Recently the Launchpad Red Squad and Product Team started working on a new cloud project. As part of that project we’ll be using Juju, a tool that helps you easily deploy services on the cloud.
As an opportunity to learn more about how Juju works, I wrote a charm to deploy oops-tools, an open source Django application that helps visualize and aggregate error reports from Launchpad, on Amazon’s EC2 and Canonical’s private Openstack cloud.
You might be asking, what’s a charm? Charms are basically instructions on how to deploy services, that can be shared and re-used.
Assuming you already have a bootstrapped juju environment, deploying oops-tools using this charm is as easy as:
$ juju deploy --repository=. local:oops-tools
$ juju deploy --repository=. local:postgresql
$ juju add-relation postgresql:db oops-tools
$ juju expose oops-tools
That’s it! With just a few commands, I have an instance of oops-tools up and running in a few minutes.
Under the hood, the oops-tools charm:
- starts two Ubuntu instances in the chosen cloud provider, one for the webserver and another for the database server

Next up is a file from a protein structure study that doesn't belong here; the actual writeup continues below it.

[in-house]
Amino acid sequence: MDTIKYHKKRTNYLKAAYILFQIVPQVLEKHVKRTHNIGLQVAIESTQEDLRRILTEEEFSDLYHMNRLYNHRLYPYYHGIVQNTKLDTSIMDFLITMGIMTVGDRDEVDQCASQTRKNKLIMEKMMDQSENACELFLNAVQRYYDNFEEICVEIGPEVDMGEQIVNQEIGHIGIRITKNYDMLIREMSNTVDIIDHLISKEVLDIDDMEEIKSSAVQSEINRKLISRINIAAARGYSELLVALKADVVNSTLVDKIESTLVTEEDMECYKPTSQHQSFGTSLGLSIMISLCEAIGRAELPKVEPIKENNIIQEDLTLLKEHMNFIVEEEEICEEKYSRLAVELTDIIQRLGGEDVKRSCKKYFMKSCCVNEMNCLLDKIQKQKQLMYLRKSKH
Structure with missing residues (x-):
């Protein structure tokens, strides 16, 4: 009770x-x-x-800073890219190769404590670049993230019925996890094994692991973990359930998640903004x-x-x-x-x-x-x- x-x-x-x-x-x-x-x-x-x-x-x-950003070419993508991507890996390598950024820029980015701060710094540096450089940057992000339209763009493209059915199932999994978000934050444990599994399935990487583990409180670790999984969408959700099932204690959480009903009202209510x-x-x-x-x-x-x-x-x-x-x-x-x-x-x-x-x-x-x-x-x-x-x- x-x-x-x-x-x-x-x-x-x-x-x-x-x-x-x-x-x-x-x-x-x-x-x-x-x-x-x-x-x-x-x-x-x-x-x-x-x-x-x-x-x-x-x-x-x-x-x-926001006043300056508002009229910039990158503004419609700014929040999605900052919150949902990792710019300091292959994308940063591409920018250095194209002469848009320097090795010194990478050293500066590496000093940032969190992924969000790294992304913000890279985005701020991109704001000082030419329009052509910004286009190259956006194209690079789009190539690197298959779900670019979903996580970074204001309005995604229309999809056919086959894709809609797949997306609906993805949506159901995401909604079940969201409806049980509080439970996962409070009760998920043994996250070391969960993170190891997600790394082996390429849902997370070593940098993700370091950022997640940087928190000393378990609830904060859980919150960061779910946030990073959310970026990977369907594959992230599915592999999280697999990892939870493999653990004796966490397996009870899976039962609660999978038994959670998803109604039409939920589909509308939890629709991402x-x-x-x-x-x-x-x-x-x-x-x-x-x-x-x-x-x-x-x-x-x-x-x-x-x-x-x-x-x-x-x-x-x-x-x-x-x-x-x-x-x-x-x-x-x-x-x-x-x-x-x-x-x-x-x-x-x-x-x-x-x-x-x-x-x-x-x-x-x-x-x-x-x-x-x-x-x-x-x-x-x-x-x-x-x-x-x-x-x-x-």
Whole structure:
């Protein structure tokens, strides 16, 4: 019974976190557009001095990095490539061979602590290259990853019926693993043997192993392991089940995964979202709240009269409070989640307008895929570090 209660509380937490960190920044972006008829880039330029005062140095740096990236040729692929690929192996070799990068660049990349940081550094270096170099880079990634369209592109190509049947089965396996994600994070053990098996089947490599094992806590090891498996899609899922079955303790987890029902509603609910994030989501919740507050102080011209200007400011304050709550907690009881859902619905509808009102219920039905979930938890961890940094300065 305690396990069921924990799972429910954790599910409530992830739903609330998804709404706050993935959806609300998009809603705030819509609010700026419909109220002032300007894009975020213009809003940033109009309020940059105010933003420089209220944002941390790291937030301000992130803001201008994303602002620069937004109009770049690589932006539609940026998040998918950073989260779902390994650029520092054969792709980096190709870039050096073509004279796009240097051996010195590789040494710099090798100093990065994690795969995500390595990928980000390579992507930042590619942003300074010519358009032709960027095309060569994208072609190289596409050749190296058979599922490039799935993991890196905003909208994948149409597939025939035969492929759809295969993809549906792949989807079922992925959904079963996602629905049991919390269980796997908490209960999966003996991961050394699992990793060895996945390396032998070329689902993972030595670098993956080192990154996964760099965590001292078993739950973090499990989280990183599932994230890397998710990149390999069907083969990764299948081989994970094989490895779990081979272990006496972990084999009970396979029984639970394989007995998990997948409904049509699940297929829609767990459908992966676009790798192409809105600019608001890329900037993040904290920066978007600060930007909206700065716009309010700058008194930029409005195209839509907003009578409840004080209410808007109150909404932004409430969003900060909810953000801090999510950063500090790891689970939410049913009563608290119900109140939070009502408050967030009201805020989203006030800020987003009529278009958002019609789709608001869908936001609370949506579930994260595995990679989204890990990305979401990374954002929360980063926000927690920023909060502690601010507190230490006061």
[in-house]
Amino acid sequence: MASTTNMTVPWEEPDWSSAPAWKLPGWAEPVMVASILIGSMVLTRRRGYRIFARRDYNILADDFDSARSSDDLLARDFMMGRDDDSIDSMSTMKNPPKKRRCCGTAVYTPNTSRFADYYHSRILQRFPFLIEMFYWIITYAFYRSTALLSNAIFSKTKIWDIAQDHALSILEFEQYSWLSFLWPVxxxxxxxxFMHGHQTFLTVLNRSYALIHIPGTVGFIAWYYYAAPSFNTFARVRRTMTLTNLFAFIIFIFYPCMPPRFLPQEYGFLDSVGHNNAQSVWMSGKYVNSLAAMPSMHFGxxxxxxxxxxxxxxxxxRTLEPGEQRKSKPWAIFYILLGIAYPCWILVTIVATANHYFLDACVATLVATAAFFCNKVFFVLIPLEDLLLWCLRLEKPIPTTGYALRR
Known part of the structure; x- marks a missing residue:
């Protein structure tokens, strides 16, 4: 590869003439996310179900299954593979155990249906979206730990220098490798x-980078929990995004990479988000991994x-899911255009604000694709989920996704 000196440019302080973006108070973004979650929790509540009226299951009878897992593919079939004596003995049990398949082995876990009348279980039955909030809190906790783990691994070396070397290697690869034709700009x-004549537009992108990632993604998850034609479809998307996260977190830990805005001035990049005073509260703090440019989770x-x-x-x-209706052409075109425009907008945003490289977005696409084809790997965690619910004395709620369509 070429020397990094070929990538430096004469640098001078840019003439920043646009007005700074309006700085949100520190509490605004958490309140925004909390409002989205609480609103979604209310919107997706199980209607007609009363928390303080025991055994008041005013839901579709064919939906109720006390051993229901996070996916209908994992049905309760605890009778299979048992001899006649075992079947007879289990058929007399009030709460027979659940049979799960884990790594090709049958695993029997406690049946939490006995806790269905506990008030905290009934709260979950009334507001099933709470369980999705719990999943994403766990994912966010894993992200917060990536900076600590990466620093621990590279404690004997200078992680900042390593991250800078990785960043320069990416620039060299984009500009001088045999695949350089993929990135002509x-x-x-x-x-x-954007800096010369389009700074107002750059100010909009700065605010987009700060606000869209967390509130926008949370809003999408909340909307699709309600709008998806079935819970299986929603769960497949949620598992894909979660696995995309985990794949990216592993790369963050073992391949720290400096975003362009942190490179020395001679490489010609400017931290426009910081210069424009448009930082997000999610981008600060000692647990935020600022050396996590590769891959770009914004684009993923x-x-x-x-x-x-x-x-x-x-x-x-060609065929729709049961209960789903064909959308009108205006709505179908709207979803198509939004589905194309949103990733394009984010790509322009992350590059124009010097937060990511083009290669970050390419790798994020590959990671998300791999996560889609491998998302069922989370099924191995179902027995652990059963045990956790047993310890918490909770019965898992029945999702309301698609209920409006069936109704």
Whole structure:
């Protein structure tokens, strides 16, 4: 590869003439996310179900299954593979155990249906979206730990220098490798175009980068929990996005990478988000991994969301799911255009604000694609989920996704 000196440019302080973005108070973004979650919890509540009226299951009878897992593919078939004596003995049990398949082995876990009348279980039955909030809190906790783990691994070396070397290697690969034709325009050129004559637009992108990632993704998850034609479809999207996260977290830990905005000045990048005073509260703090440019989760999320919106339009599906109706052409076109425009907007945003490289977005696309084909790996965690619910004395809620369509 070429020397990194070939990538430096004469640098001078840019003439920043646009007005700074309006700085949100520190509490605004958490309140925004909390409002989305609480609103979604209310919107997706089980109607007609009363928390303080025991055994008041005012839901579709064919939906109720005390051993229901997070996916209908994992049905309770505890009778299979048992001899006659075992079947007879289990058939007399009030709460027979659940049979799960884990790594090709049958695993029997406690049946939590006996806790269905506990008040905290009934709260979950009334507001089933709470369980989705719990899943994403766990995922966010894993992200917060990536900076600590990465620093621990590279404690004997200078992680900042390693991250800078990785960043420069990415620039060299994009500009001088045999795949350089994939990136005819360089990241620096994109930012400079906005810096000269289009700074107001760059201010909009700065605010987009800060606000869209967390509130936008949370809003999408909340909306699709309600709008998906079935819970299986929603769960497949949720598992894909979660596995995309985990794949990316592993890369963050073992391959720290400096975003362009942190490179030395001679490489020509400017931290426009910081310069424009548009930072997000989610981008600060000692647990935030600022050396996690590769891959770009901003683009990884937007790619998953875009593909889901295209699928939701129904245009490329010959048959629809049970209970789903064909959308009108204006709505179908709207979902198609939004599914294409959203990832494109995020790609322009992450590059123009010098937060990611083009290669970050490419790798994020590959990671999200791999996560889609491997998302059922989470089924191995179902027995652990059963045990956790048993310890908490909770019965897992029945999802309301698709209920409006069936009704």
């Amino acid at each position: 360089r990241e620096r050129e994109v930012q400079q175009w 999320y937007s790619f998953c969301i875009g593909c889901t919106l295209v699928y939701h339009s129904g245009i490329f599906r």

- downloads the latest trunk version of oops-tools and its dependencies from Launchpad
- configures oops-tools to run under Apache’s mod_wsgi
- configures oops-tools to use the database server
There’s still work to do, like add support for RabbitMQ (oops-tools uses rabbit to provide real-time error reports), but this initial iteration proved useful to learn about Juju and how to write a charm. As it is, it can be used by developers who want to hack on oops-tools and can be easily changed to deploy oops-tools in a production environment.
If you’d like to give it a try, you can get the charm here: https://code.launchpad.net/~charmers/charms/oneiric/oops-tools/trunk
|(“Harry Potter’s The Standard Book of Spells” by Craig Grobler, licensed under a CC BY-NC-ND license)|